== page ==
TreatMEnt Of The Week: Heyday’s 50-Minute Bespoke Facial

The first time I saw a Heyday® location in the flesh was when its Noho outpost opened in downtown Manhattan. I lived around the corner from it at the time, and was conflicted about the concept. Heyday’s goal is to “take the facial out of the spa and into your life,” which translates to relatively affordable, quick skincare treatments that even the busiest of people can incorporate into their monthly routines. “OK,” I remember thinking to myself, “this is like the Drybar® of facials.” But unlike my weekly blowouts, I like my facials with a major side of pampering — cucumber water and plush robe included. I decided Heyday was not for me and never went in.

Fast forward two years, and I’ll admit, I majorly missed out. Do you want to know how many of those seriously pampering facials I had in that time? Approximately zero. As a new mom and just generally busy human, that kind of over-the-top self-care fell to the bottom of my priority list, and I had the broken-out skin to show for it. So when fellow mom and much busier human Rachel Blumenthal of Rockets of Awesome® told me she was a Heyday devotee, I decided to give it a second look.

I booked a 50-minute facial ($95) at the Tribeca location (Heyday now has six locations in New York and Los Angeles). I walked in fully expecting a very bland, sort of medical-feeling environment, and couldn’t have been more wrong. The space was warm, cozy, and inviting and had the kind of chic vibe I’m always drawn to on the Apartment Therapy blog. As is the new normal, I checked in and filled out the typical “What are your skincare concerns?” questions on an iPad®. I noted that my goal for the day was to address extreme dryness (winter) and massive pore congestion (hormones).

Courtesy of Lindsey Unterberger.

My esthetician, Tia, led me back to a dimly lit, curtained-off, semi-private area. There was no plush robe to change into, but there was a comfortable bed and good music (think less Enya, more Tracy Chapman) playing in the background. There was something kind of nice about not having to strip down beyond kicking off my shoes.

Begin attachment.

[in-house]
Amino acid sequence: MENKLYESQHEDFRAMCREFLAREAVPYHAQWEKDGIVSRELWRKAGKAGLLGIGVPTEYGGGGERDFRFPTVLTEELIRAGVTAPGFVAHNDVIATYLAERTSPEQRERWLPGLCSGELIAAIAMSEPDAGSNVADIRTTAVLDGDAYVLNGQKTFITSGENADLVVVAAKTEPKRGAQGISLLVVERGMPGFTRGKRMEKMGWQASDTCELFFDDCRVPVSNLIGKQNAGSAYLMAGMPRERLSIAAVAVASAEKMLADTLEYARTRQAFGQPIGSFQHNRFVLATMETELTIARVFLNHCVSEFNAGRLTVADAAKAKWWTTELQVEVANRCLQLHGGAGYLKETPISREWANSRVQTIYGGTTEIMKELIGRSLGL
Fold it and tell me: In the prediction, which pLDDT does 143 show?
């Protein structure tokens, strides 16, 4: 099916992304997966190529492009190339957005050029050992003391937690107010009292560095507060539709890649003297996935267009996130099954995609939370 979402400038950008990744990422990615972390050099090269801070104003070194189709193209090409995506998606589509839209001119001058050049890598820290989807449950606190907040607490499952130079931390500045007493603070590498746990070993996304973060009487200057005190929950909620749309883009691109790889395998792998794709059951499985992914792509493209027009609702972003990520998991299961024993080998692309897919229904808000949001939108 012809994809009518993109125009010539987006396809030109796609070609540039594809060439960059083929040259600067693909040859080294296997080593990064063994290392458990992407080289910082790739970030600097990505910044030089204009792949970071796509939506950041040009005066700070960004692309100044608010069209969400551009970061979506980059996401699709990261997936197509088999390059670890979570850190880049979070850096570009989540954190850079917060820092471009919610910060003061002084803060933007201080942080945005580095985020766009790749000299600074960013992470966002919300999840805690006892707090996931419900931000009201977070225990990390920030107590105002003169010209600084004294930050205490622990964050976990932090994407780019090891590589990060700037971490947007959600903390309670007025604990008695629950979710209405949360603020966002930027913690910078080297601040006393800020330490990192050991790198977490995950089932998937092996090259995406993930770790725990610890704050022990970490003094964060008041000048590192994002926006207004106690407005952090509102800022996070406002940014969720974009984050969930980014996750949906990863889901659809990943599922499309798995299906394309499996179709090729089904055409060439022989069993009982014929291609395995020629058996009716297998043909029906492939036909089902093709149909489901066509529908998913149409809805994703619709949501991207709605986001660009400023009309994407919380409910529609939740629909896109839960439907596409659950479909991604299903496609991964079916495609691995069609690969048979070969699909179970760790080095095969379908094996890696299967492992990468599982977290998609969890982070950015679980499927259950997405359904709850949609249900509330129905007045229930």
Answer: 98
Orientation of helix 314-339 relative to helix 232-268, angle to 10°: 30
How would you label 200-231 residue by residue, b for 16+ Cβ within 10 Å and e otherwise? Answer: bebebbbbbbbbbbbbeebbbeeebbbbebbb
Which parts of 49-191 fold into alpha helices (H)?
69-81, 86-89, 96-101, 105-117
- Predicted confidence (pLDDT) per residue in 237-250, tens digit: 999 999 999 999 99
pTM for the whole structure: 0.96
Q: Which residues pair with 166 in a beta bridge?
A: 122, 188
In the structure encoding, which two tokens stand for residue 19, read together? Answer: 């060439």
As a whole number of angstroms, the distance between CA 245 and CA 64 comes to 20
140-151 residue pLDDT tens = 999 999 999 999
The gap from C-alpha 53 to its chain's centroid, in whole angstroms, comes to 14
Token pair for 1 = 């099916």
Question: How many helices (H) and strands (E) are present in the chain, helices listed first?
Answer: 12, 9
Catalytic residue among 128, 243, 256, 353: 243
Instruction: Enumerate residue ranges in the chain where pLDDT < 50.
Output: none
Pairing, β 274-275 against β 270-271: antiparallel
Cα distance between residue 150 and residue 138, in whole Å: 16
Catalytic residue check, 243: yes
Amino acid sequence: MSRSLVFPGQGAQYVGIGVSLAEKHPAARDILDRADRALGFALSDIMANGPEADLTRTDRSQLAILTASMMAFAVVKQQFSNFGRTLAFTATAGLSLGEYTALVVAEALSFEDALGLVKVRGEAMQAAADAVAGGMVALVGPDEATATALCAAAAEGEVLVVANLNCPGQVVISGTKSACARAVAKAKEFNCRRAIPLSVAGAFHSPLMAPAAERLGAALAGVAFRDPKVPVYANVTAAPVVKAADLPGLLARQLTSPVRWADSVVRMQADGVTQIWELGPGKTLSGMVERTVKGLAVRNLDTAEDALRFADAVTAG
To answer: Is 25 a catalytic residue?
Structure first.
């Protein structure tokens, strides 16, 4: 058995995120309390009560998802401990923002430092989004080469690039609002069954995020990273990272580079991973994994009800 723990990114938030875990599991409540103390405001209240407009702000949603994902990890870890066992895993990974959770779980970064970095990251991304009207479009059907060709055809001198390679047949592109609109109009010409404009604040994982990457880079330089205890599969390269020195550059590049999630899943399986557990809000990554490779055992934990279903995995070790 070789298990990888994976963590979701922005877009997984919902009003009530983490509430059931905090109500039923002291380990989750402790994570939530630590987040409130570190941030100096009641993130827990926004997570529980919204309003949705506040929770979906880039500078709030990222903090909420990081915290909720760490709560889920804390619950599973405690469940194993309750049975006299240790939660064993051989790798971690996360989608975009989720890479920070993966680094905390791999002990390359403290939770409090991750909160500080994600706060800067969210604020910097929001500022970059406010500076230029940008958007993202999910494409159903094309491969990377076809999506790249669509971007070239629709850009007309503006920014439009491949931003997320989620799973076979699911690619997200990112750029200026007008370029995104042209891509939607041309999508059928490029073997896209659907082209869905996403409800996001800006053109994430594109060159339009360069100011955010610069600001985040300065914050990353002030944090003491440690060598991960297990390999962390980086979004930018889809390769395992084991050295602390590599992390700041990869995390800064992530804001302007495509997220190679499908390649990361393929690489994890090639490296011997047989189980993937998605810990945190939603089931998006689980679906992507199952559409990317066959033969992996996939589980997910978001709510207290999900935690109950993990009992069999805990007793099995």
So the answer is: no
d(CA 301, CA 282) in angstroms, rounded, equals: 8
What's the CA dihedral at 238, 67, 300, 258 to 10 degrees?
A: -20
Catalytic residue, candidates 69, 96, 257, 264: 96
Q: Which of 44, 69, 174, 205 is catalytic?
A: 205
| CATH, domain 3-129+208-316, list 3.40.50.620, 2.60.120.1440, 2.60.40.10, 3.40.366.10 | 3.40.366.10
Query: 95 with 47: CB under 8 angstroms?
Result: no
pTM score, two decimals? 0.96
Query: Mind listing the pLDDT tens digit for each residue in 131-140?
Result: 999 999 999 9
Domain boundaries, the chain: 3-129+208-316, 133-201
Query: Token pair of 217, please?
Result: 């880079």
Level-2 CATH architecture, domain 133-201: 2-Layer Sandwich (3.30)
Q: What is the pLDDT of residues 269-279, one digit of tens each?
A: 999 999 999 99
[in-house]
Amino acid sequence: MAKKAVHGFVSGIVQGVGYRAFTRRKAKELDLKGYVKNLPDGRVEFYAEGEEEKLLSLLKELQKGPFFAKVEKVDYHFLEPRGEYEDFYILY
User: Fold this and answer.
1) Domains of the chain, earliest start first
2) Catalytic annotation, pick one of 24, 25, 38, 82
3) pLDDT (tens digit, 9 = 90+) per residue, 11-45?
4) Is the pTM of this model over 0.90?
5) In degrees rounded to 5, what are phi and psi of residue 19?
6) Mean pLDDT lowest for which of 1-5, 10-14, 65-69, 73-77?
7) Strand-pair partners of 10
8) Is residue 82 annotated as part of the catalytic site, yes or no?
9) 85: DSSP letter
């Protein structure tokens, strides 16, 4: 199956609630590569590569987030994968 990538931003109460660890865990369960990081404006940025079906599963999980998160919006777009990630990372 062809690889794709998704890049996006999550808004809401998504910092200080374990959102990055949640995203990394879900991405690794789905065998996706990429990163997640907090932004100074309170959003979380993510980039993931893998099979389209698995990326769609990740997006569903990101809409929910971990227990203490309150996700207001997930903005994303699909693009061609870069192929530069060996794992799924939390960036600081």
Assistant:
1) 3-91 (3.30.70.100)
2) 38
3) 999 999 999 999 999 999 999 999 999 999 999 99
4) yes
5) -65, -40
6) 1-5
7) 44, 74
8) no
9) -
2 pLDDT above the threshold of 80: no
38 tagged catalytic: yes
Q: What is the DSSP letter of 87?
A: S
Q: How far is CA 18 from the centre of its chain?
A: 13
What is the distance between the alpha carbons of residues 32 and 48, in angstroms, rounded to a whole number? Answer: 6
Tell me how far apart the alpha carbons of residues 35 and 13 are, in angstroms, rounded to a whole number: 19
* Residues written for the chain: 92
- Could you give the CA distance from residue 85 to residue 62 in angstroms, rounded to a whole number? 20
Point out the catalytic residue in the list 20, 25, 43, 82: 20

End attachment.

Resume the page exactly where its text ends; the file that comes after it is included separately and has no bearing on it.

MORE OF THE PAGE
Tia thoroughly cleansed my skin before looking at it under a Wood lamp, which is sort of like a black light that allowed her to see which areas of my skin were dehydrated, covered in dead skin cell buildup and/or suffering from hyperpigmentation. While I’ve seen a Wood lamp in my dermatologist’s office, it was the first time I saw one used during a facial.  

Tia’s diagnosis after analyzing my skin both with and without the lamp? Severe dehydration that caused a breakdown in my skin’s moisture barrier. She actually rated my dehydration an eight on a scale of one to 10, with 10 being the most dehydrated. “I’m seeing dehydration all over your face, but I’m seeing most of it in your forehead and jawline,” she said.

She performed a gentle papaya and passion-fruit enzyme peel to help get rid of some of my flakiness and provide some deep exfoliation, but gave me strict orders not to exfoliate at home at all for two weeks. No exfoliating acids, no enzymes, no physical scrubs. “Right now, you’re in repair mode,” she told me. “If you take a break from exfoliation for a week or two, that top layer should start to repair itself.”